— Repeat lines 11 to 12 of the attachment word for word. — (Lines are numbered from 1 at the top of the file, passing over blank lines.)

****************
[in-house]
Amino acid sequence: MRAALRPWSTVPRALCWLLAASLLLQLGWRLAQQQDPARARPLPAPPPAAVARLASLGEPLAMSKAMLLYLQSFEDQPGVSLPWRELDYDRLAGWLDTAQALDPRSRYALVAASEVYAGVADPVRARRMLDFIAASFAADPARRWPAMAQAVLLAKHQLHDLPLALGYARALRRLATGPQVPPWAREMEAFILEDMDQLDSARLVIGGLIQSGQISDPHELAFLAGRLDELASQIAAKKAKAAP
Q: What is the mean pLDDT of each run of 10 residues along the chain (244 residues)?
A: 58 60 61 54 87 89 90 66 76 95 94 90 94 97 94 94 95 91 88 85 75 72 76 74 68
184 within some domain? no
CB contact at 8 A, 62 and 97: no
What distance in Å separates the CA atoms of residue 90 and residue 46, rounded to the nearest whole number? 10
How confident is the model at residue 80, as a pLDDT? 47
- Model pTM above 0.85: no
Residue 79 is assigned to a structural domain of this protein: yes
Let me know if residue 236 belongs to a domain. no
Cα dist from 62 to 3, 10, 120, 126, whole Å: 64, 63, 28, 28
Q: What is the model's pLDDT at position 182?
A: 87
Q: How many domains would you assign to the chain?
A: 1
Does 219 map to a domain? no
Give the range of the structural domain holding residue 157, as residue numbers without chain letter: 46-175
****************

Let me know if residue 236 belongs to a domain. no
Cα dist from 62 to 3, 10, 120, 126, whole Å: 64, 63, 28, 28